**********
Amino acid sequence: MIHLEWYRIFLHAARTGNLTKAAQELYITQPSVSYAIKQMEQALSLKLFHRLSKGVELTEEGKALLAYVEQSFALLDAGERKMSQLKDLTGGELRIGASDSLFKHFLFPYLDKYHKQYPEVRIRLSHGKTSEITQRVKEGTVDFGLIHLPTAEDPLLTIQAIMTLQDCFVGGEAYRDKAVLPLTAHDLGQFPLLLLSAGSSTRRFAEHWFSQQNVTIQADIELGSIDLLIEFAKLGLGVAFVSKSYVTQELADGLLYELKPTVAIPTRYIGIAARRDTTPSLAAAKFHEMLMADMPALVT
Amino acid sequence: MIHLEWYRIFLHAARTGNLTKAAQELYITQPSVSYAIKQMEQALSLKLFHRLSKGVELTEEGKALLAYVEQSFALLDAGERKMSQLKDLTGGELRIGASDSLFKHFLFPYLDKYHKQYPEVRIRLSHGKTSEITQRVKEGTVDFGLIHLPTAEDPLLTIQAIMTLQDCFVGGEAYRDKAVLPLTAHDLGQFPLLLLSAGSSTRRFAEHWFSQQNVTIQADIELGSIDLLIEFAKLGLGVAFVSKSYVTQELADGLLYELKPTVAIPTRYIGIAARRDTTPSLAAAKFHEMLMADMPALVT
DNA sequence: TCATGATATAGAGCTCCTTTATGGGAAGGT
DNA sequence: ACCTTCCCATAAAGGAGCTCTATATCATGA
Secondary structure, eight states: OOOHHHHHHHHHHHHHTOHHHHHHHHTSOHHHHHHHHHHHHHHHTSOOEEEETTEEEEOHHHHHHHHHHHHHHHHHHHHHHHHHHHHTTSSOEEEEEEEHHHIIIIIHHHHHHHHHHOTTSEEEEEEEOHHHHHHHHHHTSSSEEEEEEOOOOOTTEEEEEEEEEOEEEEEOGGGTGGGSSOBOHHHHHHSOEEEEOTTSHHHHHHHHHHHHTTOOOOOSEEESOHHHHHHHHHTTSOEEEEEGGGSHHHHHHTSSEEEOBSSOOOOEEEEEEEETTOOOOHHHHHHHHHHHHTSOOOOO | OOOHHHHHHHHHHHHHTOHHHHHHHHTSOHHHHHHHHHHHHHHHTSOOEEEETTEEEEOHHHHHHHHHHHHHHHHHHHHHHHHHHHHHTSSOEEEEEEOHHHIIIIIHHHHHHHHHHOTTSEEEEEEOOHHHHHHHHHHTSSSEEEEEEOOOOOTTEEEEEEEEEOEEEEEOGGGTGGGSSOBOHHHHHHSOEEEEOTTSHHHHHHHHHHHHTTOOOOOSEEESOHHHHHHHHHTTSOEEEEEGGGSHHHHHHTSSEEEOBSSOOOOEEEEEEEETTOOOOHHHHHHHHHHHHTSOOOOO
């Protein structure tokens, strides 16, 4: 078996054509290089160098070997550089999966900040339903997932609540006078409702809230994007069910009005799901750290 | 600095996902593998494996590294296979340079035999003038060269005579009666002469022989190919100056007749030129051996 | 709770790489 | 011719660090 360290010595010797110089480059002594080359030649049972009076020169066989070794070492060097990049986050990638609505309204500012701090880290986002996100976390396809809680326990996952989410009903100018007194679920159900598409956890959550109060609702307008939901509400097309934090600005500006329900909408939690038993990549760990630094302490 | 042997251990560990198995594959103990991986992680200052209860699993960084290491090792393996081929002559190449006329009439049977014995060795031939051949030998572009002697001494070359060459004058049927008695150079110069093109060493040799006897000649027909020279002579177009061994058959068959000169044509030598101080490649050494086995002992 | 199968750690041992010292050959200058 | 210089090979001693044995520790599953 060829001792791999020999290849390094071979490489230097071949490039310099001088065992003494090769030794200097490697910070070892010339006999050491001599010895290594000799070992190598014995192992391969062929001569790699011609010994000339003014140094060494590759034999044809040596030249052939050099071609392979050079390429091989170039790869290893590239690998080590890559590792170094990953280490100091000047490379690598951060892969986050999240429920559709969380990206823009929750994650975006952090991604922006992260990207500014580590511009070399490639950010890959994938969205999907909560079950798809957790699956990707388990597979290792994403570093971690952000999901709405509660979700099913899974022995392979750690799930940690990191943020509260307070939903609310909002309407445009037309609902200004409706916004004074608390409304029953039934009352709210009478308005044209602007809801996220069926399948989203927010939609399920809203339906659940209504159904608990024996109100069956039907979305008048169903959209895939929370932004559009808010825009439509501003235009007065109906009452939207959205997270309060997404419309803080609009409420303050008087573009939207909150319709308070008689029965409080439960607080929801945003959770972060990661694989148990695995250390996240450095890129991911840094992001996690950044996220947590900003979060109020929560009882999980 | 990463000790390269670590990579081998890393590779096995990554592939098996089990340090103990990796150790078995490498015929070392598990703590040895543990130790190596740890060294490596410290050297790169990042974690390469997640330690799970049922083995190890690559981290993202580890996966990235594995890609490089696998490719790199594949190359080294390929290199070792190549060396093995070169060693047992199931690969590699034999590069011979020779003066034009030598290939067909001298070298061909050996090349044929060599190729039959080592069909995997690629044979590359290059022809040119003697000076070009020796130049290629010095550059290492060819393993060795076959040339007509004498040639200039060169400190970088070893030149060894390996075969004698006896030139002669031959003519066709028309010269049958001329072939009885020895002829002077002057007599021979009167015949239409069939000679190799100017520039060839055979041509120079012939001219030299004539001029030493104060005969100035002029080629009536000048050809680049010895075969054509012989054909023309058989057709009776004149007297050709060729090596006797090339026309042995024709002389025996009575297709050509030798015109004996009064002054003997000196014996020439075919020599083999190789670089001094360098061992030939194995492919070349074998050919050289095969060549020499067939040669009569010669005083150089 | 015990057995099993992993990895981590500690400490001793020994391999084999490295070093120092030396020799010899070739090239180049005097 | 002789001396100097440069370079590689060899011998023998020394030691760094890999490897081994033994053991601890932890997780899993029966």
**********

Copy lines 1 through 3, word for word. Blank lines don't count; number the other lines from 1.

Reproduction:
Amino acid sequence: MIHLEWYRIFLHAARTGNLTKAAQELYITQPSVSYAIKQMEQALSLKLFHRLSKGVELTEEGKALLAYVEQSFALLDAGERKMSQLKDLTGGELRIGASDSLFKHFLFPYLDKYHKQYPEVRIRLSHGKTSEITQRVKEGTVDFGLIHLPTAEDPLLTIQAIMTLQDCFVGGEAYRDKAVLPLTAHDLGQFPLLLLSAGSSTRRFAEHWFSQQNVTIQADIELGSIDLLIEFAKLGLGVAFVSKSYVTQELADGLLYELKPTVAIPTRYIGIAARRDTTPSLAAAKFHEMLMADMPALVT
Amino acid sequence: MIHLEWYRIFLHAARTGNLTKAAQELYITQPSVSYAIKQMEQALSLKLFHRLSKGVELTEEGKALLAYVEQSFALLDAGERKMSQLKDLTGGELRIGASDSLFKHFLFPYLDKYHKQYPEVRIRLSHGKTSEITQRVKEGTVDFGLIHLPTAEDPLLTIQAIMTLQDCFVGGEAYRDKAVLPLTAHDLGQFPLLLLSAGSSTRRFAEHWFSQQNVTIQADIELGSIDLLIEFAKLGLGVAFVSKSYVTQELADGLLYELKPTVAIPTRYIGIAARRDTTPSLAAAKFHEMLMADMPALVT
DNA sequence: TCATGATATAGAGCTCCTTTATGGGAAGGT